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Blind Guardian, Live in London

Power metal kings bring hysteria to London

ORPHANED LAND [8] have a magic that transcends the poor sound mix. The Israelis’ remodelling of metal through Middle Eastern rhythms easily wins over the crowd, who bounce and sway to Kobi Farhi’s command during Norra El Norra (Enter The Ark) and Ornaments Of Gold. It’s just a pity that they don’t get a longer set.

The mania that greets BLIND GUARDIAN [9] even takes the band by surprise. The crowd roar “Guardian! Guardian! Guardian!” with such fervour, frontman Hansi Kürsch seems embarrassed to cut it short so they can get on with the music, and for over two hours the reaction never dips.

It takes little encouragement for the crowd to sing every word of anthems like Nightfall and Prophecies, with the chanting of ‘Somebody’s out there’ during Last Candle close to being apocalyptic.

Hansi mixes his rabble-rousing with sly humour, at one point announcing “This is the first date of our UK tour. And the last,” and as they settle into a mid-set acoustic interlude with Miracle Machine, he tells us, “Frederik is gonna play his first kit”, as the drummer settles in behind a tiny setup.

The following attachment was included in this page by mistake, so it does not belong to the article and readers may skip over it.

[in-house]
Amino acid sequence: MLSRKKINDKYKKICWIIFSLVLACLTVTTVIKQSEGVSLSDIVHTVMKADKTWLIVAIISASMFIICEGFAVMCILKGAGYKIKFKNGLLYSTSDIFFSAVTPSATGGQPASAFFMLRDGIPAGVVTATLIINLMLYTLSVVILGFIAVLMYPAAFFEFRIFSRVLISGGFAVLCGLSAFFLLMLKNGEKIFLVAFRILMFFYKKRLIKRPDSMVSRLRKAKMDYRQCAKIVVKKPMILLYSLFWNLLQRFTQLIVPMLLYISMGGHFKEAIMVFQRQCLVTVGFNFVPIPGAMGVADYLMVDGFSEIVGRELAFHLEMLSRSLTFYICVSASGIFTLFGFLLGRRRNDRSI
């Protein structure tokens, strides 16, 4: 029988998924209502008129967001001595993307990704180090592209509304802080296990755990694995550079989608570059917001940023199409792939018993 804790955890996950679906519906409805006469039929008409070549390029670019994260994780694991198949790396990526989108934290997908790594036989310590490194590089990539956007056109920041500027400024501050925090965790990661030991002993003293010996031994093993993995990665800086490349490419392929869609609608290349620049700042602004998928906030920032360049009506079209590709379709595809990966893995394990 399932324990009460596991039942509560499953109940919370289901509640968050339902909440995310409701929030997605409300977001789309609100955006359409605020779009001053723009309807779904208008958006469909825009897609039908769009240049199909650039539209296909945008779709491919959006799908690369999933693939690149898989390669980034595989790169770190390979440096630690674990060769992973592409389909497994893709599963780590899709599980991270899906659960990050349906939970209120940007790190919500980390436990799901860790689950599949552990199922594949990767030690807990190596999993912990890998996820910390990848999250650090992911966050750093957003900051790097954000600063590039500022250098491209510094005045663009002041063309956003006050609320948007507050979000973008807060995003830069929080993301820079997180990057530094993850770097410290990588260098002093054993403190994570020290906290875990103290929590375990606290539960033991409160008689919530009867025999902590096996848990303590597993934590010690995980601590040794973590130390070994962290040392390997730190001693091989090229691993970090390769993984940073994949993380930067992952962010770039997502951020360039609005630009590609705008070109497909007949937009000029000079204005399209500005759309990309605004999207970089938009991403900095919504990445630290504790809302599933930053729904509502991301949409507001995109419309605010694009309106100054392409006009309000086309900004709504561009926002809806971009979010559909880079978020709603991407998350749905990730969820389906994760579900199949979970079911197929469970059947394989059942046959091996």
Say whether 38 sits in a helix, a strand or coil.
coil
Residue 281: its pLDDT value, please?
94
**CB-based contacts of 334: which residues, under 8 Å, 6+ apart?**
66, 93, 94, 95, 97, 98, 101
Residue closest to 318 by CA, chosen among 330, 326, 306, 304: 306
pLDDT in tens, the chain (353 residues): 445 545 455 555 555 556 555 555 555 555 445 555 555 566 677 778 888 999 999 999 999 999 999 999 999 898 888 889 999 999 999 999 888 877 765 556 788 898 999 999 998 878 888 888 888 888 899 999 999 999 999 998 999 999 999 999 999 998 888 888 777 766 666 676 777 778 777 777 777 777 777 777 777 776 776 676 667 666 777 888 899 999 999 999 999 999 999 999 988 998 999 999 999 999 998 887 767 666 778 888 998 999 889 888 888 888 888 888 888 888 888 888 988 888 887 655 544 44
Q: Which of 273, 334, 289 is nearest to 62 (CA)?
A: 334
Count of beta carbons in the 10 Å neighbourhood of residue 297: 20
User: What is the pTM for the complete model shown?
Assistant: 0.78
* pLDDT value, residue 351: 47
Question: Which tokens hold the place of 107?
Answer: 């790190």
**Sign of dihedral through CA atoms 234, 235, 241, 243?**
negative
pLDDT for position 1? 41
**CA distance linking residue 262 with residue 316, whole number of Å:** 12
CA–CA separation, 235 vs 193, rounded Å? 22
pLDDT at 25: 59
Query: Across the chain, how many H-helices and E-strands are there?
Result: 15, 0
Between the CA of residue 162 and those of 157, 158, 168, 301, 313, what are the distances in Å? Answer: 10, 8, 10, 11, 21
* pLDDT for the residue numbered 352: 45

The two encores still leave people with an appetite for more, underlying that in power metal terms, Blind Guardian are now among the elite./o:p

Malcolm Dome had an illustrious and celebrated career which stretched back to working for Record Mirror magazine in the late 70s and Metal Fury in the early 80s before joining Kerrang! at its launch in 1981. His first book, Encyclopedia Metallica (opens in new tab), published in 1981, may have been the inspiration for the name of a certain band formed that same year. Dome is also credited with inventing the term "thrash metal" while writing about the Anthrax song Metal Thrashing Mad in 1984. With the launch of Classic Rock magazine in 1998 he became involved with that title, sister magazine Metal Hammer, and was a contributor to Prog magazine since its inception in 2009.